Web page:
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Labour urges ministers to 'crack on' with tougher penalties for animal cruelty

By Sophie Morris and George Ryan, PA Political Staff

Tougher sentences for people who hurt animals should be brought in before the General Election, Labour has urged.

Shadow environment minister Luke Pollard asked Environment Secretary Theresa Villiers if she will commit to putting the Animal Welfare (Sentencing) Bill on the statute books before the election is called.

The Bill - which would increase the maximum sentence for animal cruelty offences from six months to five years in England and Wales - was backed by MPs at second reading in July, but it has not made further progress since.

During Defra questions, Mr Pollard said: "Even in this divided Parliament, even at this late stage, there is still a chance to get that on the statute book before the election. Labour backs the Bill, her own backbenchers back the Bill and the public back the Bill.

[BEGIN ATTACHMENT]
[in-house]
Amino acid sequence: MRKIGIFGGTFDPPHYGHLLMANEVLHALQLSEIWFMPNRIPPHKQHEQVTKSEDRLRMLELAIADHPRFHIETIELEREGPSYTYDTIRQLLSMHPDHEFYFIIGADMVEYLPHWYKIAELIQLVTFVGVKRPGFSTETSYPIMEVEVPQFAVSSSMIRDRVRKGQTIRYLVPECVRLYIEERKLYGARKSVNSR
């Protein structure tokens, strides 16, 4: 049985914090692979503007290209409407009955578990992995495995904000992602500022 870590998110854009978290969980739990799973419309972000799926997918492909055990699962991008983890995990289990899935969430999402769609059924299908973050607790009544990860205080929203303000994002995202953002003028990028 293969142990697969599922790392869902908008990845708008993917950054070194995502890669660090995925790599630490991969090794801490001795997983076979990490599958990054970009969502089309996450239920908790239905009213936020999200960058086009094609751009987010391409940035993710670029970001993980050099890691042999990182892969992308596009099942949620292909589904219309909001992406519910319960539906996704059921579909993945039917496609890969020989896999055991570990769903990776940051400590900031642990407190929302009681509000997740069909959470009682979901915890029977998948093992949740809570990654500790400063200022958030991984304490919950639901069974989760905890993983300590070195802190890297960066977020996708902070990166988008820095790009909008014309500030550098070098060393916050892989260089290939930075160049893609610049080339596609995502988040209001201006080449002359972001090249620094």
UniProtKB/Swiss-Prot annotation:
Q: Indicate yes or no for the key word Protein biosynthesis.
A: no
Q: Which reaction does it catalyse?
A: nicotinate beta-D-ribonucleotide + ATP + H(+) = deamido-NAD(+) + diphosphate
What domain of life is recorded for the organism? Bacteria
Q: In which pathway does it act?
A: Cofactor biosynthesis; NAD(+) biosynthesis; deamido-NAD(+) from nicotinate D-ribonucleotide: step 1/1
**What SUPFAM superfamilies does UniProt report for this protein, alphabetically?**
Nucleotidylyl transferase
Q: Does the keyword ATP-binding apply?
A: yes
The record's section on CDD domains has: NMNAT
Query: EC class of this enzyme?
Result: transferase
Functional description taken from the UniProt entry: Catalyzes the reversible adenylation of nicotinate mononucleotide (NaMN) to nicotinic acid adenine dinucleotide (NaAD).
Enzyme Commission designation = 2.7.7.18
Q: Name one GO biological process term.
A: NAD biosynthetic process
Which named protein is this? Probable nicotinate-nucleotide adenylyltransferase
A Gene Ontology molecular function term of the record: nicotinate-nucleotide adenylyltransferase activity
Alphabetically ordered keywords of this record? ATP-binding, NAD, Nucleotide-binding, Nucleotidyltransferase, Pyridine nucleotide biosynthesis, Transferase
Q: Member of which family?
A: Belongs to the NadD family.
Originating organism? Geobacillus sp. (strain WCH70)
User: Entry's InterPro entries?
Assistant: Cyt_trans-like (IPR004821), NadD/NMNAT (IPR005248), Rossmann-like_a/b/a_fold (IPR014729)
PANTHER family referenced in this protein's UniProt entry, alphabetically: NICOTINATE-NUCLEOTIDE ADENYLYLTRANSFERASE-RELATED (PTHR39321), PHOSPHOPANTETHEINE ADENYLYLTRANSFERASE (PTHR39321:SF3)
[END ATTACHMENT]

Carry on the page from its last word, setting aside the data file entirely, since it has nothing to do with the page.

"So will the Secretary of State give the commitment that she will use every effort she can to get this on the statute books before the General Election is called?"

Ms Villiers replied: "I can give him the assurance that when a Conservative government is returned to serve in this House, the Animal Welfare (Sentencing) Bill will be back on the agenda and we will get it on the statute books."

Labour MP Thangam Debbonaire (Bristol West) echoed the calls and urged ministers to "crack on" with it before Parliament is dissolved ahead of the planned December General Election.

She added: "The Secretary of State says it's going to come back as soon as possible. Well as soon as possible could be Monday.

"There's cross-party agreement for this Bill, it's a short Bill which she knows... we support this Bill, we could crack on.

"It could be done and on the statute book before dissolution. Why won't she do this, even at this late stage? Put it on the order paper for Monday or Tuesday."

Responding, Ms Villiers said: "I can reassure her that a Conservative government will put this Bill on the order paper very soon after we're re-elected to serve this country."